Thursday, June 25, 2009

Damn This Hurts...(Part 2)

Well, in reference to my previous post, the prognosis is................

A sprain.


According to the doc, unless the radiologist finds something that he missed, I'm only on the shelf with a sprain instead of any type of tear.

Once again.....


Wednesday, June 24, 2009

Damn This Hurts...

Well, tonight's class was rather interesting for me. Anyone that knows me can tell you that my knees aren't exactly in tune with the rest of my body. Luckily, it's only a condition called chondromalacia (which hurts like hell behind the kneecaps, especially when going down a flight of stairs) that can be remedied by doing a few strengthening exercises consistently, which I've been doing up to this point and have been steadily feeling less and less pain.


While doing a jumping side kick (FYI, I'm not a fan of any technique that requires you to leave the ground. In this case, it was just part of the kata I was doing) I landed on my left foot and felt a slight twinge. Since it wasn't excruciating and it felt like the same pain that I'm accustomed to feeling, I dismissed it, especially since I was able to continue with no problems whatsoever. But of course, it doesn't end there (that would just be too easy, wouldn't it?)...

While sparring with the head instructor of our class, everything was fine until it happened: I'm throwing a round kick combo and suddenly when my left foot hit the ground, my entire body except for my knee kept moving forward.....hopefully, mine isn't (I'll find out soon enough), but anyone that's torn an ACL knows this feeling: I heard a pop in my knee and immediately fell to the ground while clutching my knee.

The only real training fear that I've ever had outside of being paralyzed has come to fruition. Like I said, hopefully I haven't become a member of the torn/reconstructed ACL Club like a lot of my martial arts blog brethren like Michelle and Black Belt Mama, but I'm getting checked out tomorrow and praying to God.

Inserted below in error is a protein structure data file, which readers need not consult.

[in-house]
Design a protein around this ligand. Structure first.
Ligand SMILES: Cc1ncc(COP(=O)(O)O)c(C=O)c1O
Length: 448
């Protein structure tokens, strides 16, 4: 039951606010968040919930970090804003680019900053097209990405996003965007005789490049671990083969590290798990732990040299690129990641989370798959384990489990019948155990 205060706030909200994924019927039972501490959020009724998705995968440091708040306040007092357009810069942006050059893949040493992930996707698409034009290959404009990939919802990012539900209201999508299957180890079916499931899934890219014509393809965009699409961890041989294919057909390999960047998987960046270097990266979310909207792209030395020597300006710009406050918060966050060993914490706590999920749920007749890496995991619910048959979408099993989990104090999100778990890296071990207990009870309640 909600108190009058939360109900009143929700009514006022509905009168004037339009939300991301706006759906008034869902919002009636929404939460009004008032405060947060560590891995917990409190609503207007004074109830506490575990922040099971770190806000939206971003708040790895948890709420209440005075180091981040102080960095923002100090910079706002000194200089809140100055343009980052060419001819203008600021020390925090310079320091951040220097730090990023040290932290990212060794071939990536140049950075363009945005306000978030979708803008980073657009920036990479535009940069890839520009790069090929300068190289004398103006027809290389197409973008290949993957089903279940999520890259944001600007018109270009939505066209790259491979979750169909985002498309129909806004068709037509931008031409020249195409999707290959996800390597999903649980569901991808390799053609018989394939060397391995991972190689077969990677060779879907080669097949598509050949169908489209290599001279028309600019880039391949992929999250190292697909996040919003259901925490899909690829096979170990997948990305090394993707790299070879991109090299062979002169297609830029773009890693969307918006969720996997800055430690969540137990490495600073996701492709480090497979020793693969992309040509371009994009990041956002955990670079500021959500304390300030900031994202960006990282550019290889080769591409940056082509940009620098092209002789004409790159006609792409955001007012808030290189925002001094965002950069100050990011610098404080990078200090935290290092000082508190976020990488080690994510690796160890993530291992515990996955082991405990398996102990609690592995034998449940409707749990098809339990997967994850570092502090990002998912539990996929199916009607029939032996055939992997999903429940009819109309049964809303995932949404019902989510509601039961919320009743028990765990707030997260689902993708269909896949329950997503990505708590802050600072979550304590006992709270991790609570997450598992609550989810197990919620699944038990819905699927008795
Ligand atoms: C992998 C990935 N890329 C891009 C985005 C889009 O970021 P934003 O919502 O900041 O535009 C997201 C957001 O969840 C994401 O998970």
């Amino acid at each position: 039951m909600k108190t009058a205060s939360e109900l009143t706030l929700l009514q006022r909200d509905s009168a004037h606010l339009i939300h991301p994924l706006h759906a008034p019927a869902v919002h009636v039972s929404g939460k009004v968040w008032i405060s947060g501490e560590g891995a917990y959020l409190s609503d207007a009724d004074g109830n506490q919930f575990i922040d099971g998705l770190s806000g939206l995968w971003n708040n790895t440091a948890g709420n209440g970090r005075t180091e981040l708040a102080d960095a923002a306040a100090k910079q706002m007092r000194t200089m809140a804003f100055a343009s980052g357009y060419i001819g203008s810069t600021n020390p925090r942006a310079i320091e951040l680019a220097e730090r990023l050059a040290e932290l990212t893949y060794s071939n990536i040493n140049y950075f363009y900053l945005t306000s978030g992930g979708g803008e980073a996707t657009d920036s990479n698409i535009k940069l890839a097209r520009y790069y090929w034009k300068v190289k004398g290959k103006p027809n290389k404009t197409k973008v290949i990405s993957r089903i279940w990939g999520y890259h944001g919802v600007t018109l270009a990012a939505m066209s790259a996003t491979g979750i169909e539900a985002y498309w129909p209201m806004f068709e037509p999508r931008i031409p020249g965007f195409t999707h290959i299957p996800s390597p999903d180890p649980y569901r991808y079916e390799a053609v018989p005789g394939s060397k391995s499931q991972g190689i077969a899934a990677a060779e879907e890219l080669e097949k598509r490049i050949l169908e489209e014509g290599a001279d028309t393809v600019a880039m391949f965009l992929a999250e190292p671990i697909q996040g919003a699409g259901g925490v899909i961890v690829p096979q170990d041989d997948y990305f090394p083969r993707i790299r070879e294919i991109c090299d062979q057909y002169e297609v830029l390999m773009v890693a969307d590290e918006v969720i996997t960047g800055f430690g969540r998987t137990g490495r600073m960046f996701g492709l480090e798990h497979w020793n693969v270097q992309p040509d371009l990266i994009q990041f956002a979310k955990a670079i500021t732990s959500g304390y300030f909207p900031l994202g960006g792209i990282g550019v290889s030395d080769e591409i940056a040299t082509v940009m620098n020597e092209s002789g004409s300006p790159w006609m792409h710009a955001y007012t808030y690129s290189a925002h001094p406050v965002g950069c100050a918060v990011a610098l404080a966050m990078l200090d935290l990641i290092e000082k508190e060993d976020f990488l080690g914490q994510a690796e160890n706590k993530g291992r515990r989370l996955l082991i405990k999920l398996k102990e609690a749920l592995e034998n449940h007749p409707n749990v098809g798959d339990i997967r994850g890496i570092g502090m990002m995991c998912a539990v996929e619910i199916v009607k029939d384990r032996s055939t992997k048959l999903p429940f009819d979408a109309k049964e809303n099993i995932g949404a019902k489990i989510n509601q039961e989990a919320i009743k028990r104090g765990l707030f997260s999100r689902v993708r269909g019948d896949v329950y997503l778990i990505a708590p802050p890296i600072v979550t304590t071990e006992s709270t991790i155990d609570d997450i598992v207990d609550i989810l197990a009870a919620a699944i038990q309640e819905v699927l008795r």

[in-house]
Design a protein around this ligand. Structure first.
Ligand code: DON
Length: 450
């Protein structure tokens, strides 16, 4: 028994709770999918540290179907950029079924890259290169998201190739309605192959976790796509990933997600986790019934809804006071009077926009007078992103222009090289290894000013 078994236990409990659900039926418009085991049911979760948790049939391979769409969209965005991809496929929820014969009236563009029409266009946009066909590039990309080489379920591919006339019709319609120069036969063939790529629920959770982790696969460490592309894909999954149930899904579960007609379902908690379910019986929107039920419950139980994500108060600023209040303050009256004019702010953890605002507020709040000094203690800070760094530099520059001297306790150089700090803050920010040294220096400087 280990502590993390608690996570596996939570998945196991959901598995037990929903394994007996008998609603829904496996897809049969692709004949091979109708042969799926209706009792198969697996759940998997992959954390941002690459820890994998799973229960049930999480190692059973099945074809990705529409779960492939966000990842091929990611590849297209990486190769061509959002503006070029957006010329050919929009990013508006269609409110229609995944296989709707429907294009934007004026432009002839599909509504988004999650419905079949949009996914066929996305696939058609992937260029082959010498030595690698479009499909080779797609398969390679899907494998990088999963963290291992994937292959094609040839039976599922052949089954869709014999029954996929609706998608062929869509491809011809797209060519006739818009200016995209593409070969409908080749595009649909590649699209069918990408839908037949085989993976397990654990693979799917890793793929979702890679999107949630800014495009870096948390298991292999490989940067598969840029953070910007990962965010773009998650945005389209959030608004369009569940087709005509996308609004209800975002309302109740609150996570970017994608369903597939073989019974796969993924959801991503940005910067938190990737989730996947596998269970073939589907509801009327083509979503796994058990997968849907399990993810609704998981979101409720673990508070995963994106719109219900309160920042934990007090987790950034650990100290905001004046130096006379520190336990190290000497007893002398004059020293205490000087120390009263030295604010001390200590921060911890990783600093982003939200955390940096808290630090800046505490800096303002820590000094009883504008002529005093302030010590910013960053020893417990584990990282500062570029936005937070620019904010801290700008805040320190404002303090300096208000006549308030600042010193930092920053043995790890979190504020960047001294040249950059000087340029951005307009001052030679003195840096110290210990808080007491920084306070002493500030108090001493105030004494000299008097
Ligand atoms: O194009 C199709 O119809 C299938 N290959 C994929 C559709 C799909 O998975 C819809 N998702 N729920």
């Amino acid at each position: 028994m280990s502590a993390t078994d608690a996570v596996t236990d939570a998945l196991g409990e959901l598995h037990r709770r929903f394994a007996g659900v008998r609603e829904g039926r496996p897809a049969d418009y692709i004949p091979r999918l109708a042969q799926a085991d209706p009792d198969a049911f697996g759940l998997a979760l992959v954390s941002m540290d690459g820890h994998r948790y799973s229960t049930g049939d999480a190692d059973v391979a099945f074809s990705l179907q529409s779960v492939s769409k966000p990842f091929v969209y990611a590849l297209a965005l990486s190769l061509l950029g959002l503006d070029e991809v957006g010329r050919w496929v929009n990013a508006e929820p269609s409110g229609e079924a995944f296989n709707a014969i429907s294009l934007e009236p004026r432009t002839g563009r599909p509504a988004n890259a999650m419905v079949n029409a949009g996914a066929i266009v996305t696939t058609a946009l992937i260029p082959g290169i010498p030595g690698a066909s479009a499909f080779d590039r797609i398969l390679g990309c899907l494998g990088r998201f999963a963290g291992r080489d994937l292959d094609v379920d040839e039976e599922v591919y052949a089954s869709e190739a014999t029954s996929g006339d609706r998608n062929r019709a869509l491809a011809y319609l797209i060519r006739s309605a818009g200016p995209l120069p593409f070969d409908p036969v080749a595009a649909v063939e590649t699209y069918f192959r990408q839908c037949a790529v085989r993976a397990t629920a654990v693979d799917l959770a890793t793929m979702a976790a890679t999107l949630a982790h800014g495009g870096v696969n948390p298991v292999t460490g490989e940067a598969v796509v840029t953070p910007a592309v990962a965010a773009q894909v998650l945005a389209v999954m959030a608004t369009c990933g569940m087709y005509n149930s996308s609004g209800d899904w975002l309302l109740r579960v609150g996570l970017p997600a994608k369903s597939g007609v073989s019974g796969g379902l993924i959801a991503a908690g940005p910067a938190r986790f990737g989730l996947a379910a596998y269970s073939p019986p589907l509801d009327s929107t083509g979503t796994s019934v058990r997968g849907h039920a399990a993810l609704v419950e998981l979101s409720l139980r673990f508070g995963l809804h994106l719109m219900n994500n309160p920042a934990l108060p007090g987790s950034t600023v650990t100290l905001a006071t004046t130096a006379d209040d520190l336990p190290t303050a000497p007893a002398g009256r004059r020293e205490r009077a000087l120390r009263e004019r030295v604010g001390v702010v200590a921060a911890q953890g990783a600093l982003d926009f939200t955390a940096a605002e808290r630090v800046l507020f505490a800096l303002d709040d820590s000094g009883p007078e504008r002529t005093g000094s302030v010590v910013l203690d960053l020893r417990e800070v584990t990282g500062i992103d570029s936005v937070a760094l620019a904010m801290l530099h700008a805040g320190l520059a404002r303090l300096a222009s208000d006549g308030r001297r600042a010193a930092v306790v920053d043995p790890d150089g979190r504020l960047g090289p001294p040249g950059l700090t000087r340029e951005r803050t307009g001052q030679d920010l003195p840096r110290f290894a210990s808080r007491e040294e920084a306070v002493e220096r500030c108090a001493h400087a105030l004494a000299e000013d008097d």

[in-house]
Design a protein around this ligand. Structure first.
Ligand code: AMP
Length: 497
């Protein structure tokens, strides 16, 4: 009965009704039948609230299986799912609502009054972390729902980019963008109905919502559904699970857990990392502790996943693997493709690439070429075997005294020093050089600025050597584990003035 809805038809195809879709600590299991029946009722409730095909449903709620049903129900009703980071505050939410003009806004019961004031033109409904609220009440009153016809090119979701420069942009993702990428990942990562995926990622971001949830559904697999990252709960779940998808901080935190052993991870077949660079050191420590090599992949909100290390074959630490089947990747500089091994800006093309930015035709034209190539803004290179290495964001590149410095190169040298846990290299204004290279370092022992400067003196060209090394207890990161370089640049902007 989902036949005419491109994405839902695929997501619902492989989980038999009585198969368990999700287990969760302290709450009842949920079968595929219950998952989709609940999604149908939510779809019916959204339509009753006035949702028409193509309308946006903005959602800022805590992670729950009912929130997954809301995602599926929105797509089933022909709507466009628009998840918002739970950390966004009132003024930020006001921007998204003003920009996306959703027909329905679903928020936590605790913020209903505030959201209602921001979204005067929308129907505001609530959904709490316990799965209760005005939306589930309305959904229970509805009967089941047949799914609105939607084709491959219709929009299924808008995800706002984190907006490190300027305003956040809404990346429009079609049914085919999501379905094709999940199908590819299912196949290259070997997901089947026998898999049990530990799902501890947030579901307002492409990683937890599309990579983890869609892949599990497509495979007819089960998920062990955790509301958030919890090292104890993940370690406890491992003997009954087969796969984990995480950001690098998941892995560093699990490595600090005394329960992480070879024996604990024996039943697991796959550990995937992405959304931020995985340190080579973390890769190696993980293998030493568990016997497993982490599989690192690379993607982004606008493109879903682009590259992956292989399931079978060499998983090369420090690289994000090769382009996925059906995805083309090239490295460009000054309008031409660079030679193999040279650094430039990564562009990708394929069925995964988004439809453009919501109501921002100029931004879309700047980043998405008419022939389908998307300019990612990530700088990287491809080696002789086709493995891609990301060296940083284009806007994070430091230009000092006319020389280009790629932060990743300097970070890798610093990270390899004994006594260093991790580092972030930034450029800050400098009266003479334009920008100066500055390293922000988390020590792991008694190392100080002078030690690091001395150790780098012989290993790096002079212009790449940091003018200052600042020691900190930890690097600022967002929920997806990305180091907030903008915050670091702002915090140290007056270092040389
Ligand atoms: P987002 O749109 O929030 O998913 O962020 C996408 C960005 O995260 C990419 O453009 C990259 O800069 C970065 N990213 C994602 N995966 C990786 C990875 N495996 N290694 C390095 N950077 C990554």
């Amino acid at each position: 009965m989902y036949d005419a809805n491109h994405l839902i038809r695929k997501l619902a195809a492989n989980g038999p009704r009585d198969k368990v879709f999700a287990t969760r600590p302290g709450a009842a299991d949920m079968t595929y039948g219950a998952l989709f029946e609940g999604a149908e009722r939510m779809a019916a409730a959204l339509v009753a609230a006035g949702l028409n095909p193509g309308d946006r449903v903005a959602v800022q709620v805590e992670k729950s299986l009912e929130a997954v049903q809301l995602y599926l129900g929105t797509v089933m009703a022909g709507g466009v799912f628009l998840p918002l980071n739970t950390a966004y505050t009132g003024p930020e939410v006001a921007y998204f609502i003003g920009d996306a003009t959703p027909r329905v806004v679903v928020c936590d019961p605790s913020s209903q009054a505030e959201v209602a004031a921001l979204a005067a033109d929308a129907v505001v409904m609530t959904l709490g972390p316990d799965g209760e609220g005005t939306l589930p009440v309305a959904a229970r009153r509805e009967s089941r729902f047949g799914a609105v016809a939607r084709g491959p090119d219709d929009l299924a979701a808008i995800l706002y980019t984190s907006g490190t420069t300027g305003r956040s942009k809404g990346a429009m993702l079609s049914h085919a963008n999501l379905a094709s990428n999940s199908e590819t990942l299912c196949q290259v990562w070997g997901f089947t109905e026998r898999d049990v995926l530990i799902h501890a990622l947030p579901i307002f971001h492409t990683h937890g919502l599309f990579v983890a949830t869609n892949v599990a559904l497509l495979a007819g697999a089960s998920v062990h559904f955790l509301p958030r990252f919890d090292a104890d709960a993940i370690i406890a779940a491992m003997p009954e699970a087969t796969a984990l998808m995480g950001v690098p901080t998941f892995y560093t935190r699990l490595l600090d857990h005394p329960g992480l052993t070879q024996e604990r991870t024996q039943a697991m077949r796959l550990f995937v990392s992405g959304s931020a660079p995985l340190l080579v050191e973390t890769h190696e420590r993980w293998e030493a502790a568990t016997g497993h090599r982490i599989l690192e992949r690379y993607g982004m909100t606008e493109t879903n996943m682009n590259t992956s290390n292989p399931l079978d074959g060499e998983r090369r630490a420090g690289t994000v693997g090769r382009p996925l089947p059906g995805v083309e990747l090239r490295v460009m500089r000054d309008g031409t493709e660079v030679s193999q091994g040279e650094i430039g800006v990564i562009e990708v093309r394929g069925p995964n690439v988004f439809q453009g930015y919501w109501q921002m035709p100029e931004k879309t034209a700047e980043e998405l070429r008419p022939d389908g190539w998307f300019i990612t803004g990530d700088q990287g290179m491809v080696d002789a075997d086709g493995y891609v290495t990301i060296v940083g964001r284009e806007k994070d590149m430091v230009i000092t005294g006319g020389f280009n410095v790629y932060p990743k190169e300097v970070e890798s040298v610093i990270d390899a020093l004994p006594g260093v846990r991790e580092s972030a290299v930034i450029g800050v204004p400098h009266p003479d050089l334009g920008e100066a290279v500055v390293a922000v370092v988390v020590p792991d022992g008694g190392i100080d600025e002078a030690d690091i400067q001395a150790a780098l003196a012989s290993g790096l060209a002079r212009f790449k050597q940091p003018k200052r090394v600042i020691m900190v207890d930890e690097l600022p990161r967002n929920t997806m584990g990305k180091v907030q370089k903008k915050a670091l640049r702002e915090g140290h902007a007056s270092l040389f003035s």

I'll keep you guys posted.

Sunday, June 21, 2009

Amazing Courage, Finishing Strong

I just read the very first entry of a book that my wife got me for Father's Day (my twins are only 1 year old, so that still feels kind of strange to actually get a Father's Day gift...LOL) called Amazing Athletes Amazing Moments written by Steve Riach. I thought I'd share that with the folks reading my blog.

The year was 1968. The place was Mexico City, site of the 1968 Summer Olympic Games. It happened late one night in the main track and field stadium.

Out of the cold darkness, John Stephen Akhwari from Tanzania entered the stadium. He hobbled slowly and unsteadily. Pain filled his every step., Blood ran down his bandaged leg. His dreams of Olympic glory had long since faded into the shadows of the night.

More than an hour earlier, the winner of the Olympic marathon had already been declared. The other finishers began streaming across the line shortly thereafter. By the time Akhwari approached the stadium, only a few spectators remained in their seats. There was no cheering, no flag waving. Yet the lone runner pressed on.

As he neared the Olympic stadium, word circulated that there was one runner still struggling to complete the 26.2-mile course. Other Olympians and spectators quickly came back to the stadium to watch the scene unfold. The stadium lights flickered back on. Akhwari entered the stadium and began to wearily pound out his final lap around the track. As he neared the finish line, the small crowd that had gathered began to roar with appreciation. They stood and cheered the lone runner all the way to the finish line. After crossing the white stripe, an exhausted Akhwari nearly collapsed. Yet in his anguish, he managed to stay on his fee and acknowledge the faithful few who had witnessed his final steps.

After it was all over, a reporter asked Akhwari why he had not retired from the race, as he had fallen so far back and had no chance of winning.

Akhwari seemed confused by the question but finally answered. "My country did not send me 5,000 miles to Mexico City to start the race," he said. "They sent me 5,000 miles to finish the race."